A new paragraph, the same story (think of it as a “random battle”): the developers of Secret of Evermore liked Japanese RPGs. We’d say they particularly liked Final Fanasy VI (speculation). They must have also liked Secret of Mana, because the game plays something like it. It’s not for us to decide whether or not the makers of Secret of Evermore worked within the Japanese RPG genre because they saw “potential”, or if they were merely attempting to make a game exactly like Secret of Mana. If it was the latter, they failed miserably. If it was the former, they did an excellent job. We love the game either way.

Secret of Evermore is a game about a boy with a dog. They live in a terrifyingly boring town called “Podunk”. The only thing to do in Podunk is to see terrible films at a rotten cinema. This is all the pleasure the kid knows: terrible B-movies. Since they’re all he knows, of course, he’s obtained a sweet taste for sour stuff. (The same could be said of all RPG fans of the time. Hmm! We might just have an unintentional metaphor.) He quotes space captains and zombie-slayers in much of his dialogue — which is sometimes monologue, because we get the impression that the dog isn’t really listening. His dog is a dog. The dog basically does things that dogs do, like sniffing the ground. Early on, the story makes a cute little curtsy, and deems the dog “Important”: it’s because the dog is chasing a cat that the boy ends up in some old creepy mansion. In the dark, he stumbles on a machine. In minutes, he’s inside some orbital space-station thing. An old bald man sees the boy, greets him, gets nervous, and leads him to a door. The door happens to lead the bewildered boy to an escape pod that crashes to the surface of a prehistoric jungle. The boy regroups with his dog, now transformed from a little yappy mutt to a broad-shouldered wolf-like animal-contraption.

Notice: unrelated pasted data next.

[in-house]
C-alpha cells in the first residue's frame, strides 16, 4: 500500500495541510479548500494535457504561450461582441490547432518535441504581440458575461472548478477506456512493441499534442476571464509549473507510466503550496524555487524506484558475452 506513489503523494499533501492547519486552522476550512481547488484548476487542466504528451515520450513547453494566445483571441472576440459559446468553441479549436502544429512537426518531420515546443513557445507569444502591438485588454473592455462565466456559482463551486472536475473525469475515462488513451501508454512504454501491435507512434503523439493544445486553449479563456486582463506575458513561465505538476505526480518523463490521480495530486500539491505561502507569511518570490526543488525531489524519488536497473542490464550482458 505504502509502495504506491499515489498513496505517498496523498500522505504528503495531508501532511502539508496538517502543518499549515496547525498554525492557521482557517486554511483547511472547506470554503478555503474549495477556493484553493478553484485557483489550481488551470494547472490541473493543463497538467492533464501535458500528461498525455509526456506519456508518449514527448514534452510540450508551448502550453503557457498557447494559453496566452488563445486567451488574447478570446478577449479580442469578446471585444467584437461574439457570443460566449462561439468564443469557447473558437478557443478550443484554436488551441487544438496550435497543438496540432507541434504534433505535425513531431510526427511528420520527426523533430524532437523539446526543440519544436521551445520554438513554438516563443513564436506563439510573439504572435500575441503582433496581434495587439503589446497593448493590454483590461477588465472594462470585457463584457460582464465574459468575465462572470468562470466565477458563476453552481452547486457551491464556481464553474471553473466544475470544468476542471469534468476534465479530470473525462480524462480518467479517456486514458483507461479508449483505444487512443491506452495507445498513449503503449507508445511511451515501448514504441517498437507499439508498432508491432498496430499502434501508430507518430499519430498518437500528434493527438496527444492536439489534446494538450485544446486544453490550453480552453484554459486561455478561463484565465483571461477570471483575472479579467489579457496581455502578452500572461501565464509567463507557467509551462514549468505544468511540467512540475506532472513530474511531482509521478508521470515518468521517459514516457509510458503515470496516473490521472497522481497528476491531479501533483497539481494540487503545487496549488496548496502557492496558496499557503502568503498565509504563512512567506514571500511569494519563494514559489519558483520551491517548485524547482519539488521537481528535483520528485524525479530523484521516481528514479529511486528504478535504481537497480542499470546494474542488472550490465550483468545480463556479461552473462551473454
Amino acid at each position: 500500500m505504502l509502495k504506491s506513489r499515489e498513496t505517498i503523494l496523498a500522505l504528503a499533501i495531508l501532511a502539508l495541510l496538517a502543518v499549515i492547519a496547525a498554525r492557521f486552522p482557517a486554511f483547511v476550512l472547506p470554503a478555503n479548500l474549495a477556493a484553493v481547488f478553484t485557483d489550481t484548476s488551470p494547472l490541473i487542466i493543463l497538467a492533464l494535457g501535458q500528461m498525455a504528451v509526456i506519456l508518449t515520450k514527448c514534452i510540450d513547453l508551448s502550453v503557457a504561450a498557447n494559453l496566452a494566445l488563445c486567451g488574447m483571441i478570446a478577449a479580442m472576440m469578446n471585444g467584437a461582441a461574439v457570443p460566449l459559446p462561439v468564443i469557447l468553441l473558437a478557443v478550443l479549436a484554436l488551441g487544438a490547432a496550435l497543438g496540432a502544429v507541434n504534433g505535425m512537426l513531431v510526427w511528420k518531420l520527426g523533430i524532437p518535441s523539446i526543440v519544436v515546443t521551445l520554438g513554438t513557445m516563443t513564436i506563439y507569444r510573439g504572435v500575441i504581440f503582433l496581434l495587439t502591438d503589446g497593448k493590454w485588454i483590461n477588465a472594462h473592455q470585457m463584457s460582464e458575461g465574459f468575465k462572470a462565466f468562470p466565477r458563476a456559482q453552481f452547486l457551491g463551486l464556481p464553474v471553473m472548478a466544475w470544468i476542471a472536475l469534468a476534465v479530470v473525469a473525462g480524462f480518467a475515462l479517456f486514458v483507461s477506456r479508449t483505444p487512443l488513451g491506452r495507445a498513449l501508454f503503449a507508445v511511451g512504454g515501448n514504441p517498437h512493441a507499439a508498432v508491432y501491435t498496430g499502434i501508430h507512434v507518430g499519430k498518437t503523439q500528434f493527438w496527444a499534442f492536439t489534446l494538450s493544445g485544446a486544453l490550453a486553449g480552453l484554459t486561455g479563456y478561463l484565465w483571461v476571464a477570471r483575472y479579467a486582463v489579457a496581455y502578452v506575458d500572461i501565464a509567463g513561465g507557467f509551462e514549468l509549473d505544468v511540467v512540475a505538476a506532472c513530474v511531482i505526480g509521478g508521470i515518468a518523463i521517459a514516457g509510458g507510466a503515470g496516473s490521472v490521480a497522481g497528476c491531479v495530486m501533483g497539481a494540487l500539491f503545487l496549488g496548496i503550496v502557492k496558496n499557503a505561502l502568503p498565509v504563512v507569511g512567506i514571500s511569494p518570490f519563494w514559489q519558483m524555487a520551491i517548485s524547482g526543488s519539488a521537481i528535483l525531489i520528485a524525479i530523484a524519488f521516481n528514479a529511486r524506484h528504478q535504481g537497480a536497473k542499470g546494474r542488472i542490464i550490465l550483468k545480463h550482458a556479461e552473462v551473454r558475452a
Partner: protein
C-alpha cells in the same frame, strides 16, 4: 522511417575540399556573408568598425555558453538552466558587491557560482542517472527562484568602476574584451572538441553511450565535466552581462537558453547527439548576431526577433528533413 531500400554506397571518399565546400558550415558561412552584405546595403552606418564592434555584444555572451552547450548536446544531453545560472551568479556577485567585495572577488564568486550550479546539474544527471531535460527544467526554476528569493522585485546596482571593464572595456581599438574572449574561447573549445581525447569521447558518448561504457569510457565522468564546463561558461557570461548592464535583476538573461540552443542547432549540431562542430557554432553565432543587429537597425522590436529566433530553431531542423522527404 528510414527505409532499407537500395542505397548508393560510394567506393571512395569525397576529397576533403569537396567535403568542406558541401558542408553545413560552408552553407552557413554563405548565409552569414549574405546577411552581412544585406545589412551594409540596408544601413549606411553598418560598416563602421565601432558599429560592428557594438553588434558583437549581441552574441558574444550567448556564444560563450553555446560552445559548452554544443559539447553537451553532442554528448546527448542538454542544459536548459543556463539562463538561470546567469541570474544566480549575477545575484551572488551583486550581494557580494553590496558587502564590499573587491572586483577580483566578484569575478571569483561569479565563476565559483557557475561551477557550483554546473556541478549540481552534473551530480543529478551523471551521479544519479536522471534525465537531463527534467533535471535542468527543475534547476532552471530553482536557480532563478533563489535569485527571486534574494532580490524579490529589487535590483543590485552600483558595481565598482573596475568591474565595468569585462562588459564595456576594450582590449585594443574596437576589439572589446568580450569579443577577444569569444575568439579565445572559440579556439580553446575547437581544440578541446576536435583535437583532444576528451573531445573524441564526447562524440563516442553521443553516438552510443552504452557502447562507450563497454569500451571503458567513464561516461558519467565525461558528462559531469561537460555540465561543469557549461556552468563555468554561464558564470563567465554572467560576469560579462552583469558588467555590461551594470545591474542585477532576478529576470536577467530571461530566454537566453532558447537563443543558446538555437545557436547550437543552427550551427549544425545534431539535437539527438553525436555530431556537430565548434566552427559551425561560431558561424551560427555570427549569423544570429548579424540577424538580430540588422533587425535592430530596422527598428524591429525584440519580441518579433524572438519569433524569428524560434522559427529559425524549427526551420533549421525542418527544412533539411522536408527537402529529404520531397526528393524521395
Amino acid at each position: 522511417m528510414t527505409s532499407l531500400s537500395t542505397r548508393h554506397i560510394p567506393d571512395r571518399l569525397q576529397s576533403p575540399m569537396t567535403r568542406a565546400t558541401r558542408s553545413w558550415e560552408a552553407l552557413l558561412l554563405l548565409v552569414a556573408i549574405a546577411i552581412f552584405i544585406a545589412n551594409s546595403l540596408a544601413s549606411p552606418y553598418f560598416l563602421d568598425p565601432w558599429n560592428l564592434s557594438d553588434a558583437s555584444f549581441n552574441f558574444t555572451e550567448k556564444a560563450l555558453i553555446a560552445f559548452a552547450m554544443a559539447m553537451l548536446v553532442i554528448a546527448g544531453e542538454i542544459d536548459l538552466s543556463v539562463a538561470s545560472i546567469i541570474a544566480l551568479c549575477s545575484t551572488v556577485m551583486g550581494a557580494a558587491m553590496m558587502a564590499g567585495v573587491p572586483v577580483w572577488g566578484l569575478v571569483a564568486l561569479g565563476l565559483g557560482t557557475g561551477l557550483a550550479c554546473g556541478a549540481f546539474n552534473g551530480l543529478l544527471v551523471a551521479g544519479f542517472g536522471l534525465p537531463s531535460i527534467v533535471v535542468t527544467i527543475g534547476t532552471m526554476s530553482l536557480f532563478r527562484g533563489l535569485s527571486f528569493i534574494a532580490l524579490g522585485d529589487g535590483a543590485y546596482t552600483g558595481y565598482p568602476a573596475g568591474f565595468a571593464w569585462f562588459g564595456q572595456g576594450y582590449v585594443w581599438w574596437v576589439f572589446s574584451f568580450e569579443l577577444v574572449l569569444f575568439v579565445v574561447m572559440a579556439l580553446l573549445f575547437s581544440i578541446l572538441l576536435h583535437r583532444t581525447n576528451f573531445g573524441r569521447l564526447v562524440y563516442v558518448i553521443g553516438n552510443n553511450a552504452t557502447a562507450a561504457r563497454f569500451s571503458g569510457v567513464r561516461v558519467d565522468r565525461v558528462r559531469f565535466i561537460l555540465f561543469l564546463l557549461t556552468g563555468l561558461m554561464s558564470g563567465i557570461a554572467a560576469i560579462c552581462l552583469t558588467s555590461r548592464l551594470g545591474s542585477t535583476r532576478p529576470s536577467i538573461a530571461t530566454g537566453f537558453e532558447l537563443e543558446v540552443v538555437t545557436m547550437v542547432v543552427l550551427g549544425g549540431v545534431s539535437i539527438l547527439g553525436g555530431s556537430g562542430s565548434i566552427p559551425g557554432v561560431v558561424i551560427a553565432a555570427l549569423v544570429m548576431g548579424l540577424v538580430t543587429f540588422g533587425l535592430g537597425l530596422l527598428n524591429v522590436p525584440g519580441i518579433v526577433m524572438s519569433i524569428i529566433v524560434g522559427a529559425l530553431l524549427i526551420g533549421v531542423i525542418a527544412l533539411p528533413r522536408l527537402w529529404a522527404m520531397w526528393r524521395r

The adventure begins.

It turns out that the prehistoric jungle is just one of the four worlds in “Evermore”, a synthetic planet created by a group of intelligentsia who found life in Podunk too boring to bear. Each of the world’s creators lords over one region of the world: there’s the prehistoric Prehistoria, the Roman megalopolis-like Antiqua, the dark-ages dungeons-and-dragons-and-decadence of Gothica, and the orbital space station Omnitopia. Fantastic as these places are, the boy will spend the duration of the game trying to get out of Evermore and back into Podunk, though not until after uncovering the “Secret”: all of the creators of Evermore kind of want to go back, too. It’s just that they can’t. This is where the adventure comes into play.

According to the Wikipedia page that shares the same title as this game, the concept of a young boy questing through worlds inspired by b-movies was “dictated from overseas”. What that truly means, no one knows. Was it Square Japan’s idea? Whatever the case, there are a million ways it could have gone wrong. It didn’t go wrong. Secret of Evermore is a masterpiece of flow. The prehistoric world is just barbaric enough — our hero wields a bone in lieu of a sword — to warm us up to the action. The on-the-fly tutorial is invisible. Eventually, we’re in the ancient-Roman kind of world, with cliffs and Mediterranean vistas and caves and temples. There’s more adventure in the second world of Secret of Evermore than in most other games of the time, anchored by vast environments that, unlike the field segments in all other “Japanese RPGs”, each contain a minimum of one shockingly personable gimmick. In Antiqua, for example, there’s an enormous, gray, desolate desert. You can cross the desert on foot, or you can offer a specific precious item to a skeleton in a rowboat in exchange for a quick trip across the sand. The quirks, here, split like a skill tree in a real-time-strategy game: if you don’t have the medallion the skeleton requests, you’ll have to walk. If you walk, you lose hit points as time passes. The desert is many screens wide and many hundreds of screens tall. There are several oases in the desert, located at seemingly random points. Enter one to recover all of your hit points. Monsters dot the desert as well. They’ll follow you. Eventually, walking (or running) across the desert comes to feel really hopeless and kind of depressing.

Also, if you’ve decided to name your main character something profane (you get sixteen letters), the skeleton will refuse to carry you.